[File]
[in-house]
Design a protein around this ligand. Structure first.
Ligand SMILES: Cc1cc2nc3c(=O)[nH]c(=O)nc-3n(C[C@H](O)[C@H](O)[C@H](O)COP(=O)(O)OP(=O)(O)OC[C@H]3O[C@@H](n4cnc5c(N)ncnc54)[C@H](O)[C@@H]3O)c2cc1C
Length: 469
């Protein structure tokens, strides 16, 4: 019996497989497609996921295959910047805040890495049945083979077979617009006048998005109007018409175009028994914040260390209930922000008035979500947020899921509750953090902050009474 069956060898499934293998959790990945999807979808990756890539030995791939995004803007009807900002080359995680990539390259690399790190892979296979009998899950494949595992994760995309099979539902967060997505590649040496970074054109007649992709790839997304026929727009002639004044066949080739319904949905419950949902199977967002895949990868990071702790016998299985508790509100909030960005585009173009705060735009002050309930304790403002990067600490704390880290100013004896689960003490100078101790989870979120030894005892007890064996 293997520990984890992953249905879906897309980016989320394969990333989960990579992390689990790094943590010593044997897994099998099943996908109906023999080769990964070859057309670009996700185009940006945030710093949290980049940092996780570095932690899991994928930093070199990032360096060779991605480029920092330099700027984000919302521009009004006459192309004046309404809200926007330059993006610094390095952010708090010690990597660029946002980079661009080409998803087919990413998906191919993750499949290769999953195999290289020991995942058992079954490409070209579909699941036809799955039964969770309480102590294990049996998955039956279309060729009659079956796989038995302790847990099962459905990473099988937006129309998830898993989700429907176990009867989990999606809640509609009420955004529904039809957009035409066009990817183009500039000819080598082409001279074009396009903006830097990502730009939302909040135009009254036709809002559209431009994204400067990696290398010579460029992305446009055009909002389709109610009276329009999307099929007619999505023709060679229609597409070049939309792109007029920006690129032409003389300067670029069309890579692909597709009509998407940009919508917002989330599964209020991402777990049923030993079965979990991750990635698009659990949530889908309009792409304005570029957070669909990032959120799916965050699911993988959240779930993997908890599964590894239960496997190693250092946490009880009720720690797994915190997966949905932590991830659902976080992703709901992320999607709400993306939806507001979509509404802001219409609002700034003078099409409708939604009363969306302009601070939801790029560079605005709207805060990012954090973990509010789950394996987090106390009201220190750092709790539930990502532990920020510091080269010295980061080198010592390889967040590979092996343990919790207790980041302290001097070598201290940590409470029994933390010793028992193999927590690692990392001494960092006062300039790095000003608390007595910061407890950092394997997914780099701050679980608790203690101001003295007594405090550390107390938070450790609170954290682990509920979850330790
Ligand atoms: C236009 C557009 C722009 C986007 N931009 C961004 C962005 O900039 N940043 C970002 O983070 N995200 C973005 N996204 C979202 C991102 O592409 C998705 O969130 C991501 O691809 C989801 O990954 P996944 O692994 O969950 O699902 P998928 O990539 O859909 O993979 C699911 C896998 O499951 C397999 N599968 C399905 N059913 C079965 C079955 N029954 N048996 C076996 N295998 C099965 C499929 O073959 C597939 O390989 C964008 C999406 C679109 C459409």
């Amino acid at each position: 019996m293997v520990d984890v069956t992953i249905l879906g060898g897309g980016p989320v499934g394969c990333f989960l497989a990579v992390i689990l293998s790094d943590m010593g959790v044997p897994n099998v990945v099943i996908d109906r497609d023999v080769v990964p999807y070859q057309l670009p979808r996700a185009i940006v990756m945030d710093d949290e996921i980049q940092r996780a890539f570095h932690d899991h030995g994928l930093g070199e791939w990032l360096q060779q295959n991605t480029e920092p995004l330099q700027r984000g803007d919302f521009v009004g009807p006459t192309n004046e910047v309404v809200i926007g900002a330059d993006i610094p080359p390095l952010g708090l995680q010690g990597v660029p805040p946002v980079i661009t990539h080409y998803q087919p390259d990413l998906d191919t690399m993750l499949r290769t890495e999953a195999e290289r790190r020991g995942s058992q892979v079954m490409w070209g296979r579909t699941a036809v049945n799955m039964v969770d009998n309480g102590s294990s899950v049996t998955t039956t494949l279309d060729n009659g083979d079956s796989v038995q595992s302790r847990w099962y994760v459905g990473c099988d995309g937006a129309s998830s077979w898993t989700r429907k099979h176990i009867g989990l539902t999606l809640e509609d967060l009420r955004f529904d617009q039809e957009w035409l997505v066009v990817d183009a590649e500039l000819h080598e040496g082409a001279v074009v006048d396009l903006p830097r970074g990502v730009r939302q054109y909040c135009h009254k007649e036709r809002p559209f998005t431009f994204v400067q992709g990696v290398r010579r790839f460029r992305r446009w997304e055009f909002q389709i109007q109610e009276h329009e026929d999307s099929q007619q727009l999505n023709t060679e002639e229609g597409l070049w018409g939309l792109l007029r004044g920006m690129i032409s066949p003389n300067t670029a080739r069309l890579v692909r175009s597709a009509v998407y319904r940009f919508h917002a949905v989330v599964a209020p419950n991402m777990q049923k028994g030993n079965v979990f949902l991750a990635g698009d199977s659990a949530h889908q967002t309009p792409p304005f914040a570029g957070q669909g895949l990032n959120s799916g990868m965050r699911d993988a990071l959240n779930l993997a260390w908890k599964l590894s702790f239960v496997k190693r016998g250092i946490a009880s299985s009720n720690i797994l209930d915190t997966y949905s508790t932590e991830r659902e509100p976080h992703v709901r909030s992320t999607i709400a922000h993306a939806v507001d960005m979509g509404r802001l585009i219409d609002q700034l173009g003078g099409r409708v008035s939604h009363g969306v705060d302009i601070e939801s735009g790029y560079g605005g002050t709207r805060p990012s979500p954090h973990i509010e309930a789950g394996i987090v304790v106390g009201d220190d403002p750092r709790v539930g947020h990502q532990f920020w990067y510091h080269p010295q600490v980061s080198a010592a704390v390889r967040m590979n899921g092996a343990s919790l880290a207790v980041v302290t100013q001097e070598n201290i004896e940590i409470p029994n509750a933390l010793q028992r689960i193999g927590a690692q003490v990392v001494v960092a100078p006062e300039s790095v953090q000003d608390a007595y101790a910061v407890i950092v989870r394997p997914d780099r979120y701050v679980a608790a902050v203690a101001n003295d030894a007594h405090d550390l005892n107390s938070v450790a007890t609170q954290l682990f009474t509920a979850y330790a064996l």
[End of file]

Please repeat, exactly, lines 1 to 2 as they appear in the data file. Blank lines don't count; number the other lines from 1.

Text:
[in-house]
Design a protein around this ligand. Structure first.